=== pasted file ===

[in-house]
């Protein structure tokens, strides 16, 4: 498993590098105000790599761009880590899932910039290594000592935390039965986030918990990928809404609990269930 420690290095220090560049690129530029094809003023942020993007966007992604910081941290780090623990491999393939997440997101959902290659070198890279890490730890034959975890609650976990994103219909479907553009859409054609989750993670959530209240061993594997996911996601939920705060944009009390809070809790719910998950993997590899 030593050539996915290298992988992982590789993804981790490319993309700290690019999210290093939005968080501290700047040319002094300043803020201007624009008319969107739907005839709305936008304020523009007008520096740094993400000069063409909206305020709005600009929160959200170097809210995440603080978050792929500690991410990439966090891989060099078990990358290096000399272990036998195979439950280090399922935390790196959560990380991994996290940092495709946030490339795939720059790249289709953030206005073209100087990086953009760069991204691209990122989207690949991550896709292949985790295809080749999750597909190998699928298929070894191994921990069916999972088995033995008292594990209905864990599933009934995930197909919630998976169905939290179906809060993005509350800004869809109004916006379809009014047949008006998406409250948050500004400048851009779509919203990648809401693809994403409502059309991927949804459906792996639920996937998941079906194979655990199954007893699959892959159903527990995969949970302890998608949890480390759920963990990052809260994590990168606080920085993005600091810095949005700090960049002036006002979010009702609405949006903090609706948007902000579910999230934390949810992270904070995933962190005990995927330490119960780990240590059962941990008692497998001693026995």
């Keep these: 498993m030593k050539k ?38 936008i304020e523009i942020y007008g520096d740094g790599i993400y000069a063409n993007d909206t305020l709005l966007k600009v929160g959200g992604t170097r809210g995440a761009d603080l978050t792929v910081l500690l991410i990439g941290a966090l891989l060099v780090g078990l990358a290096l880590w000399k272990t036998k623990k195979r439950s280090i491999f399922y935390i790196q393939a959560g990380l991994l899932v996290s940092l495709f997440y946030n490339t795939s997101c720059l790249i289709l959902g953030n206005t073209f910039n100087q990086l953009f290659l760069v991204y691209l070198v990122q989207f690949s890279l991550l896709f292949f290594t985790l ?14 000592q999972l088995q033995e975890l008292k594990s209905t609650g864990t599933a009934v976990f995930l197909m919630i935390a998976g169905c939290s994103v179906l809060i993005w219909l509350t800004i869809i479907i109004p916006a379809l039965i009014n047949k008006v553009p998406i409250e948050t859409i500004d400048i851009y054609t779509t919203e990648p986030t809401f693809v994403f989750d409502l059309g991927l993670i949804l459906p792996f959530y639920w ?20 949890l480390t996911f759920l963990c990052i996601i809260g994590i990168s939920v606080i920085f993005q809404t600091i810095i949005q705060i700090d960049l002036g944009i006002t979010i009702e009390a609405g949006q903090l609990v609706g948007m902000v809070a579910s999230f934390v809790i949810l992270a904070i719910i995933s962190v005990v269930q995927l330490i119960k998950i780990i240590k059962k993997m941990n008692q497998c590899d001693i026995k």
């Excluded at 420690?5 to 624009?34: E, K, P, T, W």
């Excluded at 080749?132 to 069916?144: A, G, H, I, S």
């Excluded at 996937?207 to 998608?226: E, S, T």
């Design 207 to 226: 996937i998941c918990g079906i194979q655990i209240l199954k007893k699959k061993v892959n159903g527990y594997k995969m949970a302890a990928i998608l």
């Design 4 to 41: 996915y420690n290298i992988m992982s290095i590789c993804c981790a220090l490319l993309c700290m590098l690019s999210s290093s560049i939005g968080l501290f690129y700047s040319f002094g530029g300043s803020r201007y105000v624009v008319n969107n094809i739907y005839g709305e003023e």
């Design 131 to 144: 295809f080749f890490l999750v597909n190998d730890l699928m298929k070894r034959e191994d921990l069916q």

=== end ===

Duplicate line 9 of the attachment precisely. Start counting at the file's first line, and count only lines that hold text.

């Design 131 to 144: 295809f080749f890490l999750v597909n190998d730890l699928m298929k070894r034959e191994d921990l069916q």